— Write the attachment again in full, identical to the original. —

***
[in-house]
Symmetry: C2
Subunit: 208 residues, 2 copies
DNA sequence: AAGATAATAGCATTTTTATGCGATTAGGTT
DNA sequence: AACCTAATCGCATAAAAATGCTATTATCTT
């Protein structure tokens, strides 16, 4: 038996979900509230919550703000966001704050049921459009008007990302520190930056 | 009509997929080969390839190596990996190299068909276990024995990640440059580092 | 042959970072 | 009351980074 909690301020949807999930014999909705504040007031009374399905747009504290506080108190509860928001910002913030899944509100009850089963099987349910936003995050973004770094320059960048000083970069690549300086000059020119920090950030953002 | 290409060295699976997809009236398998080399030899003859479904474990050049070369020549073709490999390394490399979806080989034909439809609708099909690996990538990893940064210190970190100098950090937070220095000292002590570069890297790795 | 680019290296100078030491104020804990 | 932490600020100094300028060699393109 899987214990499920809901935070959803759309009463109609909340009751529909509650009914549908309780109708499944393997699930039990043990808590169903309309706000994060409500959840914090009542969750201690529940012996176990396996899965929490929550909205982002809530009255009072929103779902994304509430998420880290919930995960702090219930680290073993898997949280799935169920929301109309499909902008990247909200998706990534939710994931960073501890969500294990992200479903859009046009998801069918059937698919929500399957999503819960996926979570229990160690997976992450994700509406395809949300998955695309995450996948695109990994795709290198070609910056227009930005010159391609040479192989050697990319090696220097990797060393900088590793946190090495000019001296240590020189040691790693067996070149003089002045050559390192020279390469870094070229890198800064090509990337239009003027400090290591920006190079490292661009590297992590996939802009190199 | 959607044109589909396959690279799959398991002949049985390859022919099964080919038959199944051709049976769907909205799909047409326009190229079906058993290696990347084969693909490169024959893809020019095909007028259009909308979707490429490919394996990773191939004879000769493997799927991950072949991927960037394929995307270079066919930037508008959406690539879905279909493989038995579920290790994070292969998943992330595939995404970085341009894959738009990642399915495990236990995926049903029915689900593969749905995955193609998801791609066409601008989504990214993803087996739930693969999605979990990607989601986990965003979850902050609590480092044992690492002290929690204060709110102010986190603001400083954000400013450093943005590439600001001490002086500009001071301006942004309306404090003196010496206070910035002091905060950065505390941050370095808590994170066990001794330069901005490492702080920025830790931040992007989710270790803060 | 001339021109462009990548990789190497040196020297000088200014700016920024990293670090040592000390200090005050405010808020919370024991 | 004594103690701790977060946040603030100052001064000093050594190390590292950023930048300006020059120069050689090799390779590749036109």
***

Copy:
[in-house]
Symmetry: C2
Subunit: 208 residues, 2 copies
DNA sequence: AAGATAATAGCATTTTTATGCGATTAGGTT
DNA sequence: AACCTAATCGCATAAAAATGCTATTATCTT
């Protein structure tokens, strides 16, 4: 038996979900509230919550703000966001704050049921459009008007990302520190930056 | 009509997929080969390839190596990996190299068909276990024995990640440059580092 | 042959970072 | 009351980074 909690301020949807999930014999909705504040007031009374399905747009504290506080108190509860928001910002913030899944509100009850089963099987349910936003995050973004770094320059960048000083970069690549300086000059020119920090950030953002 | 290409060295699976997809009236398998080399030899003859479904474990050049070369020549073709490999390394490399979806080989034909439809609708099909690996990538990893940064210190970190100098950090937070220095000292002590570069890297790795 | 680019290296100078030491104020804990 | 932490600020100094300028060699393109 899987214990499920809901935070959803759309009463109609909340009751529909509650009914549908309780109708499944393997699930039990043990808590169903309309706000994060409500959840914090009542969750201690529940012996176990396996899965929490929550909205982002809530009255009072929103779902994304509430998420880290919930995960702090219930680290073993898997949280799935169920929301109309499909902008990247909200998706990534939710994931960073501890969500294990992200479903859009046009998801069918059937698919929500399957999503819960996926979570229990160690997976992450994700509406395809949300998955695309995450996948695109990994795709290198070609910056227009930005010159391609040479192989050697990319090696220097990797060393900088590793946190090495000019001296240590020189040691790693067996070149003089002045050559390192020279390469870094070229890198800064090509990337239009003027400090290591920006190079490292661009590297992590996939802009190199 | 959607044109589909396959690279799959398991002949049985390859022919099964080919038959199944051709049976769907909205799909047409326009190229079906058993290696990347084969693909490169024959893809020019095909007028259009909308979707490429490919394996990773191939004879000769493997799927991950072949991927960037394929995307270079066919930037508008959406690539879905279909493989038995579920290790994070292969998943992330595939995404970085341009894959738009990642399915495990236990995926049903029915689900593969749905995955193609998801791609066409601008989504990214993803087996739930693969999605979990990607989601986990965003979850902050609590480092044992690492002290929690204060709110102010986190603001400083954000400013450093943005590439600001001490002086500009001071301006942004309306404090003196010496206070910035002091905060950065505390941050370095808590994170066990001794330069901005490492702080920025830790931040992007989710270790803060 | 001339021109462009990548990789190497040196020297000088200014700016920024990293670090040592000390200090005050405010808020919370024991 | 004594103690701790977060946040603030100052001064000093050594190390590292950023930048300006020059120069050689090799390779590749036109």